David E. Lawrence, Ph.D. is a 2021 graduate of the PHD Program in Leadership and Change at Antioch University.

David Lawrence at his Dissertation Defense.

From L-R: Dr. Laurien Alexandre, Committee Member, Dr. Donna Ladkin, Committee Chair, Dr. Carolyn M. Shields, Committee Member

Dissertation Committee

  • Donna Ladkin, Ph.D., Committee Chair
  • Laurien Alexandre, Ph.D., Committee Member
  • Carolyn M. Shields, Ph.D., Committee Member


equity, White educators, suburban schools, transformative leadership, minoritized parents, social justice, school improvement, school reform, implicit bias, professional development, equity training

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Publication Date



The intent of this qualitative critical incident study was to explore the interpretation of equity by White equity-trained suburban educators (WETSE) and minoritized parents (MP) in a Midwestern suburban school district to address and change inequitable student outcomes. WETSE and MP participated independently in focus groups. The research design used critical incident technique (CIT) as the methodology; focus groups as the data collection tool; and thematic analysis (TA) as the analytical tool. Zones of Mediation (ZONE) and Transformative Leadership Theory (TLT) were used to distill and categorize the research findings. WETSE and MP established an agreement on four themes thought to represent impediments to achieving equity in schools (implicit bias, White privilege, diversity, and power). Two divergent themes (WETSE—deficit thinking and MP—stereotyping) and one emergent theme (Equity Training) were generated. The singular stand-alone theme, assimilation, was a complete outlier, and it was generated by MP. All themes were categorized as “normative” or “political” elements of ZONE, demonstrating that technical changes are disconnected from WETSE and MP equity perspectives. Transformative leadership theory (TLT) is composed of eight tenets. WETSE and MP prioritized two of the eight tenets as essential to achieving equity. These findings indicate that changing mindsets (tenet #2) and redistributing power in more equitable ways (tenet #3) are central to achieving equitable school conditions. This study contributes to existing, albeit minimal, literature detailing longitudinal equity training’s effectiveness at deconstructing beliefs and ideologies of White equity-trained suburban teachers and comparing them to minoritized parents’ interpretation of equity using critical incidents. There is a disconnect between this study’s findings and what researchers and practitioners are doing to achieve equitable school outcomes. This dissertation is available in open access at AURA,, and OhioLINK ETD Center,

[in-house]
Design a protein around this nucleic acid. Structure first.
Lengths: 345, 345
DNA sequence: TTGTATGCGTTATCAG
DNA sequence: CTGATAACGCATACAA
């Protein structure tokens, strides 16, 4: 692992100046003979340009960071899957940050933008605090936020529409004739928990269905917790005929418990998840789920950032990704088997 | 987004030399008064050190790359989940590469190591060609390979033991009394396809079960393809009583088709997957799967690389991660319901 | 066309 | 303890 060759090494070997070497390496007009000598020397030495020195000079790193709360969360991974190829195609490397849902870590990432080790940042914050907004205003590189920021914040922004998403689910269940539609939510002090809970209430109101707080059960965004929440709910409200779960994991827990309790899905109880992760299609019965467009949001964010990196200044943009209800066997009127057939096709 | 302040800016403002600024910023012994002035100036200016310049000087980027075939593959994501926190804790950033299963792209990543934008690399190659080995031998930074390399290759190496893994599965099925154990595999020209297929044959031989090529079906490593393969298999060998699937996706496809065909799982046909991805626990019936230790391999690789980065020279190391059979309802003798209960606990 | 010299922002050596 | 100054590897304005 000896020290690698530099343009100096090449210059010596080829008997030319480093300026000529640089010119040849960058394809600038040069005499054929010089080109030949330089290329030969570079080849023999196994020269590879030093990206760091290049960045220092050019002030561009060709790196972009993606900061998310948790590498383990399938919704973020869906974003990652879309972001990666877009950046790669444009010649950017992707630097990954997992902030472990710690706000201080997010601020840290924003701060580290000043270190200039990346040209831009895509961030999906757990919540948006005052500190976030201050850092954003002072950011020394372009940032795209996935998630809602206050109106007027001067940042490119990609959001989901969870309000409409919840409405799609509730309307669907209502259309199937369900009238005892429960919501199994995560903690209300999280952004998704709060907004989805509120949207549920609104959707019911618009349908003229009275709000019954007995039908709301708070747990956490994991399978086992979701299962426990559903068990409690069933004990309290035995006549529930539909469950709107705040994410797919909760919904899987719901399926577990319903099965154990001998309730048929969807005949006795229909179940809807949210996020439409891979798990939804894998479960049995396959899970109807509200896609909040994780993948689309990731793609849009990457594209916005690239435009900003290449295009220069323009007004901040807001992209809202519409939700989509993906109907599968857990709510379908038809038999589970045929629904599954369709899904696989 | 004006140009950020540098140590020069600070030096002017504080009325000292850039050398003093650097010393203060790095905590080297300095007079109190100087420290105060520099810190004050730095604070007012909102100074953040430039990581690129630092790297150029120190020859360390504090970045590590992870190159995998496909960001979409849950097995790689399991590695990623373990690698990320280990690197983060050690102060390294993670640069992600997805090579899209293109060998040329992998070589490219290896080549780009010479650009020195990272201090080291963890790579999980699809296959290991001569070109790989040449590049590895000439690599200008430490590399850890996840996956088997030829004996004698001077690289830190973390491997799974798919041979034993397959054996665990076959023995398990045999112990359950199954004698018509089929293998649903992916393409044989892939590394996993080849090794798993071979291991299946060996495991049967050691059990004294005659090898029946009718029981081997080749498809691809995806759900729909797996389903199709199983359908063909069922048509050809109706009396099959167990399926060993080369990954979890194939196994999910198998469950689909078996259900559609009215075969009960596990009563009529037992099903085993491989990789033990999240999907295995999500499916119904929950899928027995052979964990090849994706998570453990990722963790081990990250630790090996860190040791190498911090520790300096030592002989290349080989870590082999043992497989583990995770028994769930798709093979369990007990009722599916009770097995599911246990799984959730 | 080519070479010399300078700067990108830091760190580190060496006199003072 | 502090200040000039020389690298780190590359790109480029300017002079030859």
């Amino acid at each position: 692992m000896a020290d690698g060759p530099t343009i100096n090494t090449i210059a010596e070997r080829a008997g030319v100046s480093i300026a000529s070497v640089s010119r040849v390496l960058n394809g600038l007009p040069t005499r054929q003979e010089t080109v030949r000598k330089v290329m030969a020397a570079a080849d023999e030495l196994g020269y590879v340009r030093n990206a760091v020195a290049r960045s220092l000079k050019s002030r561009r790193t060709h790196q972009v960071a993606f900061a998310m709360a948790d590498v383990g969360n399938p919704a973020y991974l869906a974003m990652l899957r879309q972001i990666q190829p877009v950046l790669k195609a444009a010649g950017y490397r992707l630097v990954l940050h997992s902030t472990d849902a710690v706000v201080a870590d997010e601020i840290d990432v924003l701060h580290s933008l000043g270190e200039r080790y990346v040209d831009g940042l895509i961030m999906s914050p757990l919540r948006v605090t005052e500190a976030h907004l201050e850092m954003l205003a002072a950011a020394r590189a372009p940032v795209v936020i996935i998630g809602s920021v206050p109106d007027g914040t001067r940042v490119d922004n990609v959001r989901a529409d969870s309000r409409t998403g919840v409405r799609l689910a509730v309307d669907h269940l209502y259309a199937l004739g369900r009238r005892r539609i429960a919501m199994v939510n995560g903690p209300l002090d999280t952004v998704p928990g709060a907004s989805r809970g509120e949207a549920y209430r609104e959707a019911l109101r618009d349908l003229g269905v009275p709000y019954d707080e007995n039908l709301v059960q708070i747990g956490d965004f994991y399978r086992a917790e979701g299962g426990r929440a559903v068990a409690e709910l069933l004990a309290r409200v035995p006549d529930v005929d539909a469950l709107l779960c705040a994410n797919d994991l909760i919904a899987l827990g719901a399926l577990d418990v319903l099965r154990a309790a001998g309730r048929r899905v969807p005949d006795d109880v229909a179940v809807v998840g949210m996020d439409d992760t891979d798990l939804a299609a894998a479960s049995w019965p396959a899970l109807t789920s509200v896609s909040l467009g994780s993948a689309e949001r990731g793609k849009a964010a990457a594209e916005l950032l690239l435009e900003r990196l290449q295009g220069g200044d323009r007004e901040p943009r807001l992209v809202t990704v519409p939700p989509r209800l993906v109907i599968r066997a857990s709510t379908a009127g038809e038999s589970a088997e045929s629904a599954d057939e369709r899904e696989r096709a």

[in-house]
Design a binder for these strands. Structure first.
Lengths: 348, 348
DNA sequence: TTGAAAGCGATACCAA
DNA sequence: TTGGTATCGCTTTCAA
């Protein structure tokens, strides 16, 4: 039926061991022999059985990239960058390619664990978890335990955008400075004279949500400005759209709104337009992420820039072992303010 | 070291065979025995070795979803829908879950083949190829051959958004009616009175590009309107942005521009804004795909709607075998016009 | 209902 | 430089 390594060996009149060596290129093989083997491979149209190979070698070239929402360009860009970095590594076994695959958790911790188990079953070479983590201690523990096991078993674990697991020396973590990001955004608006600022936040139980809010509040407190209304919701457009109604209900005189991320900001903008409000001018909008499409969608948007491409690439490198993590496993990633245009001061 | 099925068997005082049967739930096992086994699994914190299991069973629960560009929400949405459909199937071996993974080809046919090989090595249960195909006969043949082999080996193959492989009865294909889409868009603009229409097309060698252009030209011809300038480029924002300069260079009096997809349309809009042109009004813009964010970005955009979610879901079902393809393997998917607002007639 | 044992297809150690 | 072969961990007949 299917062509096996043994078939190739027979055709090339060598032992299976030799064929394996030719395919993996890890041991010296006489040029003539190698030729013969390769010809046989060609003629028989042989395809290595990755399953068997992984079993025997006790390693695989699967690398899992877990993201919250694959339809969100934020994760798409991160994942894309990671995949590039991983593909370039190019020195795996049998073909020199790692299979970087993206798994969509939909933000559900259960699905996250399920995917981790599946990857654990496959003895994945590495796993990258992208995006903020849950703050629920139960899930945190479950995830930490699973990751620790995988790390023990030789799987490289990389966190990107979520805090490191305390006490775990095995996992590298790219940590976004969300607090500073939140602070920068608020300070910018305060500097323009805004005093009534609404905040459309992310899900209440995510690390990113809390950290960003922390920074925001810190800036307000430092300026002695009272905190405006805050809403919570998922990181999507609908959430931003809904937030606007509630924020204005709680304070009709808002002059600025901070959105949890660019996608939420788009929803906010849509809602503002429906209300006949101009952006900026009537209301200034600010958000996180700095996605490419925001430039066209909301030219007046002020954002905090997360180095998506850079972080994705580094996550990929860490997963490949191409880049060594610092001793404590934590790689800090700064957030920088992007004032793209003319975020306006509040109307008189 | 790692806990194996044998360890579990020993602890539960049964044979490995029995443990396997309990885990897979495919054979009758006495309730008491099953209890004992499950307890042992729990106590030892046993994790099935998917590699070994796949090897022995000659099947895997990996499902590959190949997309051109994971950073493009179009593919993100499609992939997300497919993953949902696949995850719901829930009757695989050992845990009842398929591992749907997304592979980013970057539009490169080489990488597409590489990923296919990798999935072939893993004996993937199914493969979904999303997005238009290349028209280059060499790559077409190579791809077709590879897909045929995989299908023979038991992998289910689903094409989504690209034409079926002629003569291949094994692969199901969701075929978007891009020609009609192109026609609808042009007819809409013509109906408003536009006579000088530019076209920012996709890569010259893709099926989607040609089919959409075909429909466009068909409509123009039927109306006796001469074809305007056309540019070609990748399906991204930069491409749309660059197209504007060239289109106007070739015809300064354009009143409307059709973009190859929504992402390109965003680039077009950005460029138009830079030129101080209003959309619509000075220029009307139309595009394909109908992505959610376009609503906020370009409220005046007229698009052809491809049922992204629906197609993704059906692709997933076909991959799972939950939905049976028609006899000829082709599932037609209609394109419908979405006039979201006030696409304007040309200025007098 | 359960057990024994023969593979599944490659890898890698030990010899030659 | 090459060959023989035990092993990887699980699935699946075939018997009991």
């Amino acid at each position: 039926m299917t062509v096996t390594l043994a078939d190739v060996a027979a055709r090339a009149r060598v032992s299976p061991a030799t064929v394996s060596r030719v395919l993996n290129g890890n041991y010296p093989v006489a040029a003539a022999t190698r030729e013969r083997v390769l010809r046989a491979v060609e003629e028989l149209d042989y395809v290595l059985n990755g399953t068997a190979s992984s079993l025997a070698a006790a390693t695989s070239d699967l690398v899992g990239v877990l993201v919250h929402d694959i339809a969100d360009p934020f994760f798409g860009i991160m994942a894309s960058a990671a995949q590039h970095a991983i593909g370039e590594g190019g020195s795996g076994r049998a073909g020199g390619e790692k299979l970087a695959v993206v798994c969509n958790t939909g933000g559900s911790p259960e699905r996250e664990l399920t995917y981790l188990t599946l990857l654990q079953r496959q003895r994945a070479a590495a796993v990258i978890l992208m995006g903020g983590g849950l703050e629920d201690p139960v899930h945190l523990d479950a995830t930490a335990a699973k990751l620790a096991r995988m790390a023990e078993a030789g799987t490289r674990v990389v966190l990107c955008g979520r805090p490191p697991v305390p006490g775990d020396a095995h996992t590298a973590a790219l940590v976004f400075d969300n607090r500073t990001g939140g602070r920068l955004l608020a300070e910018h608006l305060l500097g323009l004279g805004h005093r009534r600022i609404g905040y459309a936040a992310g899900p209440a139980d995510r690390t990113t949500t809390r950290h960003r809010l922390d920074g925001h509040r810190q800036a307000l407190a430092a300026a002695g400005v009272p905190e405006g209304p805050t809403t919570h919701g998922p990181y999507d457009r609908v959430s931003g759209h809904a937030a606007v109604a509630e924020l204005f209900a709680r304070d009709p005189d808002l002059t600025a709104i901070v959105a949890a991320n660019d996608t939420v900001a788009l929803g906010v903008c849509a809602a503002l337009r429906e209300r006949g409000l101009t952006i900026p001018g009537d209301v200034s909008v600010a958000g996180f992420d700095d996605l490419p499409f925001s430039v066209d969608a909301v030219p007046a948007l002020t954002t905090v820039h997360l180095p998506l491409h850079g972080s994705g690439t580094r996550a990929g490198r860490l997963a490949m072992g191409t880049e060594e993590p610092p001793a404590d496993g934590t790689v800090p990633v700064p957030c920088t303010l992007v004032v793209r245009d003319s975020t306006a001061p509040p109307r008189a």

David E. Lawrence

ORCID Scholar ID #: #0000-0001-9767-0964

Dr. David Lawrence is currently the principal at Northmoor Elementary School. Previously he has served as the principal of a middle school and high school. In addition, he has taught mathematics and science in grades 5-12. Dr. Lawrence has also served as Chief Academic Officer and Chief of School Innovation in multiple school districts. Dr. Lawrence is a national consultant most recently working with Jobs for the Future a Boston, Massachusetts based consulting firm and The Nikhar Group a Columbus, Ohio based consulting firm. Dr. Lawrence holds a bachelor’s degree in finance and accounting from the University of Cincinnati, master’s degrees with a concentration in leadership from Wright State University and Antioch University. In addition he also holds a superintendent license. Dr. Lawrence is passionate about CrossFit, reading, traveling, and connecting theory to practice in the field of education. Dr. Lawrence is surrounded by three amazing women. His wife Kim is a travel nurse and midwife who enjoys training and traveling with Dr. Lawrence. His daughter Davishay is currently working in Savannah, Georgia after completing her graduate studies at Akron, University and his youngest daughter Kimea is a graduate school student at DePaul University in Chicago majoring in Women’s Studies. Dr. Lawrence’s scholarship focuses on the issues of equity, implicit bias, stereotyping, assimilation, deficit thinking, and suburban school demographics.